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Who does your feminism include?

Nicole Ong

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Feminism. 8 letters. Years of progress that can not be put together in a single word. From women’s suffrage, to the push for sexual rights, to the recent Women’s Marches, feminism has been a major source of the strides made regarding gender equality.

Let’s break it down, though. What does feminism mean to us? Is it breaking down the gender wage gap, making sure that women no longer make 81 cents to the man’s one dollar? Is it smashing the patriarchy, making sure that women feel that they are someone, not someone’s?  Is it voting for more women into Congress, making sure that the voices of us, women, are heard?

Though the goals I’ve stated above are important and valid, it’s important to think of the bigger picture of feminism. I am in no way here to say that feminism is bad, nor am I here to say that any of the goals I’ve stated are not worth pursuing. Feminism means different things to different people, and it’s not my place to trivialize someone’s motivations for being a feminist. I, for one, would love to break down the gender wage gap, make sure that all girls feel beautiful and have more representation of women in government.

But, there is more to feminism than meets the eye, and we need to stop thinking of it as solely an issue between men and women. If we run on the assumption that all women experience discrimination the same way, are we truly representing the unique stories of all women?

The answer to that question is no, we are not, because a person’s overlapping identities allow them to experience oppression and discrimination differently.

For example, let’s take a look at the gender wage gap. For every dollar a man makes, a woman makes 81 cents, right? Somewhat. Not all women make 81 cents for every dollar a man makes, and to have the whole picture, one must take race into consideration. When you do so, the statement now reads: for every dollar a White man makes, a White woman makes 81 cents. Women of color, however, fare differently. For every dollar a White man makes, Black women are paid 65 cents, Hispanic women are paid 59 cents, and Asian women are paid 88 cents. See where race plays in?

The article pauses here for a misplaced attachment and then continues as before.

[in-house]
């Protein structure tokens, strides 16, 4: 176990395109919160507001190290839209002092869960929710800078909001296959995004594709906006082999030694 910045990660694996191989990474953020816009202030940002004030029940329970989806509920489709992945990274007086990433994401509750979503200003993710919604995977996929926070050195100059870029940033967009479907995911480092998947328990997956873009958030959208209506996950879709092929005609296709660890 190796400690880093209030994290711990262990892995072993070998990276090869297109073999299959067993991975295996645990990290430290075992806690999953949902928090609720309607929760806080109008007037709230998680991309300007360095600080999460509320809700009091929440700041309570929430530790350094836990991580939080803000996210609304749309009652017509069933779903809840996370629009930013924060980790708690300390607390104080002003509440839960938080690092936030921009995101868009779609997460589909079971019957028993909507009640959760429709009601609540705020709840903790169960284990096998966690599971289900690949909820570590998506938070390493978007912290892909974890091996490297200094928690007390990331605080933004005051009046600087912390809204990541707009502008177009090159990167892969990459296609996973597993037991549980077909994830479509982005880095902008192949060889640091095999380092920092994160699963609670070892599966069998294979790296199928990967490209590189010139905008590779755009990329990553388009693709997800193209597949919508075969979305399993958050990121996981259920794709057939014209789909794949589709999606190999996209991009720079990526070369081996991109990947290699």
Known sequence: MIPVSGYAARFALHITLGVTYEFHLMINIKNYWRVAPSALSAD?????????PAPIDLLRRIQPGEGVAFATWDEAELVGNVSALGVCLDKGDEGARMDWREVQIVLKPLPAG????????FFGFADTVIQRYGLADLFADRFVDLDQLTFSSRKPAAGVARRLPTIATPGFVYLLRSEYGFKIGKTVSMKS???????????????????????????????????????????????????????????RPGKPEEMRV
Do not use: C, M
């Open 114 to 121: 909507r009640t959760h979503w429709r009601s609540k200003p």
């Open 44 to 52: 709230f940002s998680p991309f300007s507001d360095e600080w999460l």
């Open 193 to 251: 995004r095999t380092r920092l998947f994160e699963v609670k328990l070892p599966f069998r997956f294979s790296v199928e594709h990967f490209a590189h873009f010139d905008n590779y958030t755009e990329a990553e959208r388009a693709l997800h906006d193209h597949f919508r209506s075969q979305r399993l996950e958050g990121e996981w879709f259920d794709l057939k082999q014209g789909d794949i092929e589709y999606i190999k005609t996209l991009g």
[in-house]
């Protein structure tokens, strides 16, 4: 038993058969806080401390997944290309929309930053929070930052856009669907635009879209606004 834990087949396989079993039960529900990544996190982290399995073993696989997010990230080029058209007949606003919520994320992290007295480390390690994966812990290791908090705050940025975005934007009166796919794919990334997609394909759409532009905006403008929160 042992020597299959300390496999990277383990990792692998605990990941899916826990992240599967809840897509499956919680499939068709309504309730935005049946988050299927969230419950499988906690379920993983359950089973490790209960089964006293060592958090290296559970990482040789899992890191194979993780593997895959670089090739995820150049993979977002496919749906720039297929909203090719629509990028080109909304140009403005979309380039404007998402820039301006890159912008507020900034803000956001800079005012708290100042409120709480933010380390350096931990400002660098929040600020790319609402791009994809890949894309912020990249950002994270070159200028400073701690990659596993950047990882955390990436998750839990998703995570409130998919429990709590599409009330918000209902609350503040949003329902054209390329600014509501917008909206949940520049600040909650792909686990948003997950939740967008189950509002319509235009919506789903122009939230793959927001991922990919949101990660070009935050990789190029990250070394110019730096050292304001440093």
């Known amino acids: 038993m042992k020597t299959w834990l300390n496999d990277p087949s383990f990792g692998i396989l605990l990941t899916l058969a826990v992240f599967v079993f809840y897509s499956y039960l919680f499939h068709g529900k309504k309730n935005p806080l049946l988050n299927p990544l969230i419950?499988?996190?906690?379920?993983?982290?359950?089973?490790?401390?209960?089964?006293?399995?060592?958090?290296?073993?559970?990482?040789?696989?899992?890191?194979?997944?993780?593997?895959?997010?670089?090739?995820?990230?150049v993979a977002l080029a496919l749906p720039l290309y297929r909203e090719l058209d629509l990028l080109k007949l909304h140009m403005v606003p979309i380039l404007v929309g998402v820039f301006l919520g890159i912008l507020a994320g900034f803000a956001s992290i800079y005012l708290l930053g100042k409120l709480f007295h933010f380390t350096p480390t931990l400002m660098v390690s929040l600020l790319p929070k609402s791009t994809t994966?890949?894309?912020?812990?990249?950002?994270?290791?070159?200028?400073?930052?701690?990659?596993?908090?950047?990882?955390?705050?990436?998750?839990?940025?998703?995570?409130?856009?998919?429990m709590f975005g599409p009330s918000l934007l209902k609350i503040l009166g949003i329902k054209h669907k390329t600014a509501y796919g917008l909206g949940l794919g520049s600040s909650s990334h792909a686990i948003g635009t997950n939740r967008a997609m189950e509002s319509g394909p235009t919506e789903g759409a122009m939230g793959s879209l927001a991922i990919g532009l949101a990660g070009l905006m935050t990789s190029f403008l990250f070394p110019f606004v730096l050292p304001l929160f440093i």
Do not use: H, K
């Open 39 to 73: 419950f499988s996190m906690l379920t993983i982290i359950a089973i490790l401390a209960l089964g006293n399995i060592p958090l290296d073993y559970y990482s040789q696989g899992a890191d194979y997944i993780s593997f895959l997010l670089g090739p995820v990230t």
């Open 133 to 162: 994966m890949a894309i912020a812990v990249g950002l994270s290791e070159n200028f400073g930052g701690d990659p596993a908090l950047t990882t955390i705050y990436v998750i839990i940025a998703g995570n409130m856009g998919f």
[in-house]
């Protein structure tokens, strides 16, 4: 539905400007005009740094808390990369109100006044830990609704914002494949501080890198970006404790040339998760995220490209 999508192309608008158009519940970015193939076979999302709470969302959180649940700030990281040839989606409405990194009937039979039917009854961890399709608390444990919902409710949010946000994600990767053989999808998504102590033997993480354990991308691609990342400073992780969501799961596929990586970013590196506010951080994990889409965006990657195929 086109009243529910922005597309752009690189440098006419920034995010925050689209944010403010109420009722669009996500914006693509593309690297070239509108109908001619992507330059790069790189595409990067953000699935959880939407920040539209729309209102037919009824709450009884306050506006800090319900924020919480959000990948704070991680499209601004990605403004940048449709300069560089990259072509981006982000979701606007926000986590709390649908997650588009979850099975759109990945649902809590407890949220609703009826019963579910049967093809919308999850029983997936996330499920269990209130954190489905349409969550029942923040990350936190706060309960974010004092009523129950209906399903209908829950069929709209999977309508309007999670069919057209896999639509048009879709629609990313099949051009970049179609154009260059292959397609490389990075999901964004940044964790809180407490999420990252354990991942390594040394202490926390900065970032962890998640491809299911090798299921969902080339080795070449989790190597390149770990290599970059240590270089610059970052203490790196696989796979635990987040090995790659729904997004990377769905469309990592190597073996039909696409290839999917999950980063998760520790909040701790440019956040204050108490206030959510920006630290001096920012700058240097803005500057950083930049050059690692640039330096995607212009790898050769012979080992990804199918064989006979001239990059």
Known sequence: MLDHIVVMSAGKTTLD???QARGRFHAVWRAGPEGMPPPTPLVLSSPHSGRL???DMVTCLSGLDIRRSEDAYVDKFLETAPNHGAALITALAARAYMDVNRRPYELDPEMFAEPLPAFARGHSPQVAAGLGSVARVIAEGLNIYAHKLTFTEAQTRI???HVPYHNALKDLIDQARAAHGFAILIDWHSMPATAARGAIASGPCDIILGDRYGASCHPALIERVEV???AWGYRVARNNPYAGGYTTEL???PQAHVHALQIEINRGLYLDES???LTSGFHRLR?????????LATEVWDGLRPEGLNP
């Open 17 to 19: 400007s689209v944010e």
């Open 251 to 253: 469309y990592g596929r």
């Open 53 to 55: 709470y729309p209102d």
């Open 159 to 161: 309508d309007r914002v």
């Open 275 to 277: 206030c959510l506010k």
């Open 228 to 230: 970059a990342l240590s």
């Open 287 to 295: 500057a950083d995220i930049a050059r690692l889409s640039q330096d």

When looking at feminism, it’s more than just the inequality between men and women. When we think of it that way, we fail to realize that women often hold identities beyond being a woman, whether it’s their race, their sexuality, or their religion. If feminism is equality, we need to make sure it’s equality for all. Feminism is important, it is necessary, and it will benefit all of us if we allow it to. Feminists have fought for women’s suffrage, reproductive rights, and so much more, but that doesn’t mean the inequality between all women has dissipated. According to Human Resources Campaign, only 35 percent of heterosexual women have experienced rape, physical violence, or stalking by an intimate partner, compared to 44 percent of lesbian women and 61 percent of bisexual women. In 2014, Black women were twice as likely than White women to be imprisoned. Incarcerated transgender women are being placed into men’s prisons. While existing accomplishments are integral to progressing gender equality as a whole, we must to take a step back and make sure that when we fight for women’s rights, that we fight for the rights of all women. There is no excuse for any of us to say “We’ve done enough, we don’t have to worry about it any more.” There is always room for improvement.

Like I’ve said before, I’m not here to say that feminism is bad in any way; women from all walks of life have made significant strides, whether big or small. I’m not here to say that we no longer need feminism. I’m here to say that all of us, regardless of who we are, need to ask ourselves this question: Who does my feminism include?

About the Writer
Nicole Ong, Web Editor

As a Singaporean-American teenager passionate about politics, American History, and social justice, Nicole aims to reflect these passions in her writing....

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Who does your feminism include?